ISSN 1470-3947 (print) | ISSN 1479-6848 (online)

Endocrine Abstracts (2003) 6 OC16

Overexpression of insulin-like growth factor binding protein-5 (Igfbp5) in mice results in compromised muscle development

DAM Salih, C Holding, G Tripathi, LJ Cobb, I Gonzalez, EJ Carter, FA Lovett & JM Pell

Signalling Programme, Babraham Institute, Cambridge, UK.

Igfbp5 is the most conserved of the six members of the Igfbp family, which orchestrate the actions of the insulin-like growth factors (IGFs) systemically via blood and locally within tissues. Igfbp5 is upregulated in key lineages during development (e.g. muscle) and pathologies (e.g. rhabdomyosarcoma).

To highlight the range and extent of Igfbp5 actions in vivo, we generated novel lines of transgenic mice that ubiquitously overexpressed myc-tagged Igfbp5 at low, intermediate and high levels consistently using a hybrid CMV enhancer/beta-actin regulatory sequence. The phenotype severity observed between transgenic lines was in direct positive correlation with the Igfbp5 mRNA dose (muscle levels increased by up to 17-fold and serum IGFBP-5 levels increased by up to 6-fold in the highest expressing line).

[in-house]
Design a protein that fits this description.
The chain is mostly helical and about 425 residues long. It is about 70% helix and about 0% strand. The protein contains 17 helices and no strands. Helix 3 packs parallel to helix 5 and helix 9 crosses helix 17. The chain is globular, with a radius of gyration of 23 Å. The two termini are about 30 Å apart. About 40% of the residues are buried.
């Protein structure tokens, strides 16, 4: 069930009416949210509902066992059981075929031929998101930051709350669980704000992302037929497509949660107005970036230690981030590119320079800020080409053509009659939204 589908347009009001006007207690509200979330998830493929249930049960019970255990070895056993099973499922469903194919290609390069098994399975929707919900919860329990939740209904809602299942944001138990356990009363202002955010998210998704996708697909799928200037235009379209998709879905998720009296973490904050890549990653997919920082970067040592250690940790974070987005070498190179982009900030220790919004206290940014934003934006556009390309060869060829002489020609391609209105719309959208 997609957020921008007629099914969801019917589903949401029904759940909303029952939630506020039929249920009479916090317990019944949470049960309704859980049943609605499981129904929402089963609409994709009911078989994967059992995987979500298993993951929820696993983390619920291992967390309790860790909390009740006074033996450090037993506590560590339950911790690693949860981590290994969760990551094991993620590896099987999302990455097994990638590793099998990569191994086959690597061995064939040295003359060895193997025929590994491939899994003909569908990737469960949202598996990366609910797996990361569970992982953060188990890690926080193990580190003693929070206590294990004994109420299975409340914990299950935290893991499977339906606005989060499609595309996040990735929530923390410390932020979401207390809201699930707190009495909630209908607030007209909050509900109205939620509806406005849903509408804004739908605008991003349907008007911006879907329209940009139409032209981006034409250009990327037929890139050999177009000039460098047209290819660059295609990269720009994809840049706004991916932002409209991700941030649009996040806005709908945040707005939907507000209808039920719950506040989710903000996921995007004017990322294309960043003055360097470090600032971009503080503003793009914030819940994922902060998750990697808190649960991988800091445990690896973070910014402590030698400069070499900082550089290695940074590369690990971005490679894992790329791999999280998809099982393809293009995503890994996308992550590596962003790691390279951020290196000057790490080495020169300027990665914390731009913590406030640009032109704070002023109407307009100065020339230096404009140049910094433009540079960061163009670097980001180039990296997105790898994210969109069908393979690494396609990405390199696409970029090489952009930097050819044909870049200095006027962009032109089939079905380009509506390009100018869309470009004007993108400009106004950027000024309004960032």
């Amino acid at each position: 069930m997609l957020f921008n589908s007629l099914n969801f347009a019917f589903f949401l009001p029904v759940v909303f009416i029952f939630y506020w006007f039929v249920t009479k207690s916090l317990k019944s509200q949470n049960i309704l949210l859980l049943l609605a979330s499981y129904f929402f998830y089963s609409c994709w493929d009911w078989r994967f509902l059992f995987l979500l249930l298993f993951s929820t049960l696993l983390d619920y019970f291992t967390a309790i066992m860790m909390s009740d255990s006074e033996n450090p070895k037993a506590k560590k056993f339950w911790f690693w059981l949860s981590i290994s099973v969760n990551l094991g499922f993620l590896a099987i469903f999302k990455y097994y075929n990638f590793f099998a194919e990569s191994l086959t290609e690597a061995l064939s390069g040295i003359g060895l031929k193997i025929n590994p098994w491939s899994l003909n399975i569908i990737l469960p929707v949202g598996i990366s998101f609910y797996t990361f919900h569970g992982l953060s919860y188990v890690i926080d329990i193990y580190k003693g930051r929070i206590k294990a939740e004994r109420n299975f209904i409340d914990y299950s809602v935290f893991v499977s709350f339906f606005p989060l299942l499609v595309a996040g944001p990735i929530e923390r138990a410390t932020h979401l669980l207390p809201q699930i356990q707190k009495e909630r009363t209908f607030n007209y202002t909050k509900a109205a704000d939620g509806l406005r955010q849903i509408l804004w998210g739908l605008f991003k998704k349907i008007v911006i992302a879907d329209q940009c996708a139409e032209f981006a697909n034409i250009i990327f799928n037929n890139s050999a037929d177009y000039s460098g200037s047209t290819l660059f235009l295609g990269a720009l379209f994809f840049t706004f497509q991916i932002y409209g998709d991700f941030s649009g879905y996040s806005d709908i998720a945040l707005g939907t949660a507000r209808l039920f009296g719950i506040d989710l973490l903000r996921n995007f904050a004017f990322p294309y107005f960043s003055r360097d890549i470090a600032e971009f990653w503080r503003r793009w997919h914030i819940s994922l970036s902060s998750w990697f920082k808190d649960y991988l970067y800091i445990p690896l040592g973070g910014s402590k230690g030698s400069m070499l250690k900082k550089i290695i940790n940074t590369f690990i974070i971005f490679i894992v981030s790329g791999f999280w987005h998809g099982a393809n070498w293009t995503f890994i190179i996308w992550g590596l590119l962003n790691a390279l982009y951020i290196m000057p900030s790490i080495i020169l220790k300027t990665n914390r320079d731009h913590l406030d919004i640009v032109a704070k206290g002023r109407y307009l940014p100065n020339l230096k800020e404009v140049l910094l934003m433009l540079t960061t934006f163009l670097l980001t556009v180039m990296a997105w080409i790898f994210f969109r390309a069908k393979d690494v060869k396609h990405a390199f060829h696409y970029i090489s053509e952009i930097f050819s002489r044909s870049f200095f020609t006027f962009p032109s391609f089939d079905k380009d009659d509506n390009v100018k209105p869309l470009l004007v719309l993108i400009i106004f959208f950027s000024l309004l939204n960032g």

Transgenic animals were severely growth retarded, with a birth weight down to 63.7 plus/minus 1.1% of wild-type mice. The highest expressers were lethal within 24 h of birth. The reduction in bodyweight could be partially attributed to decreased muscle development. In surviving adult mice, muscle weight (represented by the gastrocnemius, plantaris and soleus fibres) relative to bodyweight was reduced by up to 29.9 plus/minus 3.1% in comparison with wild-type siblings. Histology of e18.5 transgenic embryos highlighted a thinner diaphragm and generalised disorganisation of many muscle groups. Myofibres demonstrated a decrease in cross sectional area (atrophy) and a decrease in myofibre separation.

Future studies will concentrate on attributing the muscle phenotype to alterations in myoblast proliferation, differentiation and survival. Overall these mice provide convincing in vivo evidence that IGFBP-5, by either IGF-dependent or -independent mechanisms, is indeed important in coordinating the cellular fate of myoblasts.

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